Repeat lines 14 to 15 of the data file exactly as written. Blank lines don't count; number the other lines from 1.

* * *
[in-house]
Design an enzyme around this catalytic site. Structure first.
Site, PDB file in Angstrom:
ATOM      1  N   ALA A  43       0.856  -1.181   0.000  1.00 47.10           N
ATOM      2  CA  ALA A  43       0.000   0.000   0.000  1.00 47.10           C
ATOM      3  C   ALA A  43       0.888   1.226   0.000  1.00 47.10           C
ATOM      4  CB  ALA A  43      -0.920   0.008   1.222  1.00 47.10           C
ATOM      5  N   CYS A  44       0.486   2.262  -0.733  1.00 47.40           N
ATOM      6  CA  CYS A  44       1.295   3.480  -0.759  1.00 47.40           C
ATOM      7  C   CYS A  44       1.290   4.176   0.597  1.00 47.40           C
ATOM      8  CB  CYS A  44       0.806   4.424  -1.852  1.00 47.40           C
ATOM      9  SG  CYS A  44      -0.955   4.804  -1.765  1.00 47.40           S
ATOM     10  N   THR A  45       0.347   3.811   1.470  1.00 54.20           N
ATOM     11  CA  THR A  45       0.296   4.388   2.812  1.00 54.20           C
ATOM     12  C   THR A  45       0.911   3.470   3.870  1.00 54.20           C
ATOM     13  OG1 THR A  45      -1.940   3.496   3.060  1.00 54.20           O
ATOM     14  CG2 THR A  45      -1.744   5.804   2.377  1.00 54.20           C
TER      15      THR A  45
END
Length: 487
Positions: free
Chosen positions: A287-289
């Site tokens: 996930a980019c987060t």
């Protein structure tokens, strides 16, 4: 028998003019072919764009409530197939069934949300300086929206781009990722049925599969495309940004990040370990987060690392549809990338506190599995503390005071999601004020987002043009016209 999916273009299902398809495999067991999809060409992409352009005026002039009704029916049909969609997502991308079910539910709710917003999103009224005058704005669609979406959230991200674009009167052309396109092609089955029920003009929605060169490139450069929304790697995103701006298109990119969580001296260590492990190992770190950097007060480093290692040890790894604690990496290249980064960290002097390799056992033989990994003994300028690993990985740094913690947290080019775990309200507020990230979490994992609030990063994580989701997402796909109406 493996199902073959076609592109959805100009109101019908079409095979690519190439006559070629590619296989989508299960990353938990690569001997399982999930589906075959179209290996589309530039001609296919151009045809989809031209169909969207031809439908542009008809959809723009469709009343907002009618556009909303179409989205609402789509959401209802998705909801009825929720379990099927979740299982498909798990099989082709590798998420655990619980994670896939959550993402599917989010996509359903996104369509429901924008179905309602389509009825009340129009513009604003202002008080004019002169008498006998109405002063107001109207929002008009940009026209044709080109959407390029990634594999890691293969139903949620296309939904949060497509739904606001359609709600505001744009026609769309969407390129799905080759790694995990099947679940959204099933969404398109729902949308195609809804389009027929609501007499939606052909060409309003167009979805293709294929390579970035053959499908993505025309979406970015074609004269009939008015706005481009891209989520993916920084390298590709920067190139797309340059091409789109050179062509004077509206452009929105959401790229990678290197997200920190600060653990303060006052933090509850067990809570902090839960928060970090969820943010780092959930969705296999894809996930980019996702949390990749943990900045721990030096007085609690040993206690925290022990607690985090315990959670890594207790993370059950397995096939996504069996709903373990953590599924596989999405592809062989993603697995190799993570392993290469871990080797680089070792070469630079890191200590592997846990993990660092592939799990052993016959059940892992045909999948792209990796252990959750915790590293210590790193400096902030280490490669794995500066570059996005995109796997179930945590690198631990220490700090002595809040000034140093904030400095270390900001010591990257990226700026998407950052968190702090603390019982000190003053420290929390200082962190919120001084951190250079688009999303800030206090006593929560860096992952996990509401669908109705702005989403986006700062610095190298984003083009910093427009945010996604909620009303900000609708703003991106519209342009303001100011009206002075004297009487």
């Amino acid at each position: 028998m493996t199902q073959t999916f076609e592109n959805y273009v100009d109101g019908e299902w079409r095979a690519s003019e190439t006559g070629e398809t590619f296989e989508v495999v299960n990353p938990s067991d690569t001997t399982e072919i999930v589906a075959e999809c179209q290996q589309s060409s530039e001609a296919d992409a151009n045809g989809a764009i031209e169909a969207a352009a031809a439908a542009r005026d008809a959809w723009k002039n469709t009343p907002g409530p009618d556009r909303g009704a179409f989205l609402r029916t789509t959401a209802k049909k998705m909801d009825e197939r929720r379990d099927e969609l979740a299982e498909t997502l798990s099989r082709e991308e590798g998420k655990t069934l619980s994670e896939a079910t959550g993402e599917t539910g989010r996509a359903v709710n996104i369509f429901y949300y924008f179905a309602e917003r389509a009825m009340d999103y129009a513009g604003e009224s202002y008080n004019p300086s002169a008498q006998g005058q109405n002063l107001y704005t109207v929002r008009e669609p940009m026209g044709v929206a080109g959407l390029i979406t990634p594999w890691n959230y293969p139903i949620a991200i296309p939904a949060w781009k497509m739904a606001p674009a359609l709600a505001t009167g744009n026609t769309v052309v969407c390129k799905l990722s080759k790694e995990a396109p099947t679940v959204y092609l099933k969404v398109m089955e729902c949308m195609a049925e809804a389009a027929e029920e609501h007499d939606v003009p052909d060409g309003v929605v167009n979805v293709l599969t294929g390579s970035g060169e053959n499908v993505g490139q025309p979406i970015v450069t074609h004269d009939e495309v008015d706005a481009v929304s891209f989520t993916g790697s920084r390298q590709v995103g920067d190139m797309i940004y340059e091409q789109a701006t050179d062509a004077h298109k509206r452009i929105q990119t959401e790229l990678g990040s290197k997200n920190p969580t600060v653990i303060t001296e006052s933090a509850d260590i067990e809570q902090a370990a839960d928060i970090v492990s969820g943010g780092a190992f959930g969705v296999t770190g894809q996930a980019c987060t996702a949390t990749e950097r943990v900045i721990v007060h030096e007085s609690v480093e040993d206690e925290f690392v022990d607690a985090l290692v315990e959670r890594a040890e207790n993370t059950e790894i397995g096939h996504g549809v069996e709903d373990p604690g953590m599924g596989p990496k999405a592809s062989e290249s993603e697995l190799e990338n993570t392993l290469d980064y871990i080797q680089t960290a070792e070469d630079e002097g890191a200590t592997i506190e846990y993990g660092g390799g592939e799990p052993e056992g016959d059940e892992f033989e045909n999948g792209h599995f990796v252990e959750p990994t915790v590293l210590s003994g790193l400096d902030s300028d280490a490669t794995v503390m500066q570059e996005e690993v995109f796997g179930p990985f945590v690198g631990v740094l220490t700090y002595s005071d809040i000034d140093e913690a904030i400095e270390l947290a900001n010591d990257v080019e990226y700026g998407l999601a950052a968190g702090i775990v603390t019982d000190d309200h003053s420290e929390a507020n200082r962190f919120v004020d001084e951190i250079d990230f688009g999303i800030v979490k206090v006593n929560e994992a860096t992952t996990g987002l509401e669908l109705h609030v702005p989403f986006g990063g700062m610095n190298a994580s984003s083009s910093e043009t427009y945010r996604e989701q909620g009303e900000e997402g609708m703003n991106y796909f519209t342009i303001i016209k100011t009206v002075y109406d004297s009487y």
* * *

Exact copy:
ATOM     11  CA  THR A  45       0.296   4.388   2.812  1.00 54.20           C
ATOM     12  C   THR A  45       0.911   3.470   3.870  1.00 54.20           C